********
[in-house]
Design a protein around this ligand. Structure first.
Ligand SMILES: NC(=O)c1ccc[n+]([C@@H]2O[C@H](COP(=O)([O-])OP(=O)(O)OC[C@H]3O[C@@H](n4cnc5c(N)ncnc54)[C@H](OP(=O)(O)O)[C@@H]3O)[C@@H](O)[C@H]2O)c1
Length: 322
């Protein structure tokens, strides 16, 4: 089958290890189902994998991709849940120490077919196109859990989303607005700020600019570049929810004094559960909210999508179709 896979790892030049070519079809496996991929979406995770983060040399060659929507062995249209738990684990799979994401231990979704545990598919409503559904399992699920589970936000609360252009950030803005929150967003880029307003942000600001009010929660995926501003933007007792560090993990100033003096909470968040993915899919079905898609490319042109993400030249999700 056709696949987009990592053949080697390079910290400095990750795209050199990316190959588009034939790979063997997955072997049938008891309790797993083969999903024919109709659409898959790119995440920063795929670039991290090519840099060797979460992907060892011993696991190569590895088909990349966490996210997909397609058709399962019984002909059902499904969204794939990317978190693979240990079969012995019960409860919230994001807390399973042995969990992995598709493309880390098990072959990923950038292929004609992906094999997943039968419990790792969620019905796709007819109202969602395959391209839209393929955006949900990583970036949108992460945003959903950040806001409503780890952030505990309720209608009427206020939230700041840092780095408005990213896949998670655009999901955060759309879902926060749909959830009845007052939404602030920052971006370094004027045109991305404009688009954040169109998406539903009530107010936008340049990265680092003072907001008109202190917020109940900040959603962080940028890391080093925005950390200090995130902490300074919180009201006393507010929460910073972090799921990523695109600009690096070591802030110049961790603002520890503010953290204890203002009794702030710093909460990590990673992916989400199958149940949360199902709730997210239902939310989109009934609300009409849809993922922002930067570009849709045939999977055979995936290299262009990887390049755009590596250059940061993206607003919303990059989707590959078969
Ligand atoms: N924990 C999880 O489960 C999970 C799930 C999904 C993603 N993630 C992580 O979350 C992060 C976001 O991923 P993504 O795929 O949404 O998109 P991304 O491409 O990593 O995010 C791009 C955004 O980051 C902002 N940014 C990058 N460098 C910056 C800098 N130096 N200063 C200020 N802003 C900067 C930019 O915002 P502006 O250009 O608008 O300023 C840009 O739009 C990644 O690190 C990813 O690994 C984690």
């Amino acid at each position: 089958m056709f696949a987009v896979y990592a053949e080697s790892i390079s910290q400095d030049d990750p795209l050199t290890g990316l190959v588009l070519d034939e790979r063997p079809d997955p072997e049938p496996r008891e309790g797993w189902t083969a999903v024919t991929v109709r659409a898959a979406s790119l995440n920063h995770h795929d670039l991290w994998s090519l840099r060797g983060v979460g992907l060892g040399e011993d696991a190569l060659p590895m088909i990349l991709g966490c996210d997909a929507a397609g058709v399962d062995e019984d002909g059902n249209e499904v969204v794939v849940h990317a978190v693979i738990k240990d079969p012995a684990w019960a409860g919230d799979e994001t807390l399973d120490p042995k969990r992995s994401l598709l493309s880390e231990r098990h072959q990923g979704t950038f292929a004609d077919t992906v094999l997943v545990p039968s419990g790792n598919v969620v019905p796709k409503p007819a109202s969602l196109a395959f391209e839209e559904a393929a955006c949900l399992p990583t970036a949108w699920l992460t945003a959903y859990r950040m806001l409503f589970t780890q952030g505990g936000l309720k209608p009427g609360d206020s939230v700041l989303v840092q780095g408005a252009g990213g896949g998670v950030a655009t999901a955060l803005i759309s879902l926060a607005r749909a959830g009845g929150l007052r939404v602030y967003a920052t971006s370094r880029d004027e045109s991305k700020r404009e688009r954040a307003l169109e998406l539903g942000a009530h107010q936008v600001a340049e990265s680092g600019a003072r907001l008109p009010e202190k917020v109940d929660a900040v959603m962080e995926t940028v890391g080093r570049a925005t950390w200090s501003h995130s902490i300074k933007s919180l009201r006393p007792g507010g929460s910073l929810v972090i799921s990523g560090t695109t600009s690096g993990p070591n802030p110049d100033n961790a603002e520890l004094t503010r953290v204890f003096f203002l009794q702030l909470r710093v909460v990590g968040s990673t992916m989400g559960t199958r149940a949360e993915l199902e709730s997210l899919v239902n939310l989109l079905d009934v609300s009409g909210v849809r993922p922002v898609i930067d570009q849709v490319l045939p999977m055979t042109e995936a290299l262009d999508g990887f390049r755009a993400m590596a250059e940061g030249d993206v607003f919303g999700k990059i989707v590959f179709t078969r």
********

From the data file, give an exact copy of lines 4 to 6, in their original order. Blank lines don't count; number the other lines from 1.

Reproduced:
Length: 322
């Protein structure tokens, strides 16, 4: 089958290890189902994998991709849940120490077919196109859990989303607005700020600019570049929810004094559960909210999508179709 896979790892030049070519079809496996991929979406995770983060040399060659929507062995249209738990684990799979994401231990979704545990598919409503559904399992699920589970936000609360252009950030803005929150967003880029307003942000600001009010929660995926501003933007007792560090993990100033003096909470968040993915899919079905898609490319042109993400030249999700 056709696949987009990592053949080697390079910290400095990750795209050199990316190959588009034939790979063997997955072997049938008891309790797993083969999903024919109709659409898959790119995440920063795929670039991290090519840099060797979460992907060892011993696991190569590895088909990349966490996210997909397609058709399962019984002909059902499904969204794939990317978190693979240990079969012995019960409860919230994001807390399973042995969990992995598709493309880390098990072959990923950038292929004609992906094999997943039968419990790792969620019905796709007819109202969602395959391209839209393929955006949900990583970036949108992460945003959903950040806001409503780890952030505990309720209608009427206020939230700041840092780095408005990213896949998670655009999901955060759309879902926060749909959830009845007052939404602030920052971006370094004027045109991305404009688009954040169109998406539903009530107010936008340049990265680092003072907001008109202190917020109940900040959603962080940028890391080093925005950390200090995130902490300074919180009201006393507010929460910073972090799921990523695109600009690096070591802030110049961790603002520890503010953290204890203002009794702030710093909460990590990673992916989400199958149940949360199902709730997210239902939310989109009934609300009409849809993922922002930067570009849709045939999977055979995936290299262009990887390049755009590596250059940061993206607003919303990059989707590959078969
Ligand atoms: N924990 C999880 O489960 C999970 C799930 C999904 C993603 N993630 C992580 O979350 C992060 C976001 O991923 P993504 O795929 O949404 O998109 P991304 O491409 O990593 O995010 C791009 C955004 O980051 C902002 N940014 C990058 N460098 C910056 C800098 N130096 N200063 C200020 N802003 C900067 C930019 O915002 P502006 O250009 O608008 O300023 C840009 O739009 C990644 O690190 C990813 O690994 C984690």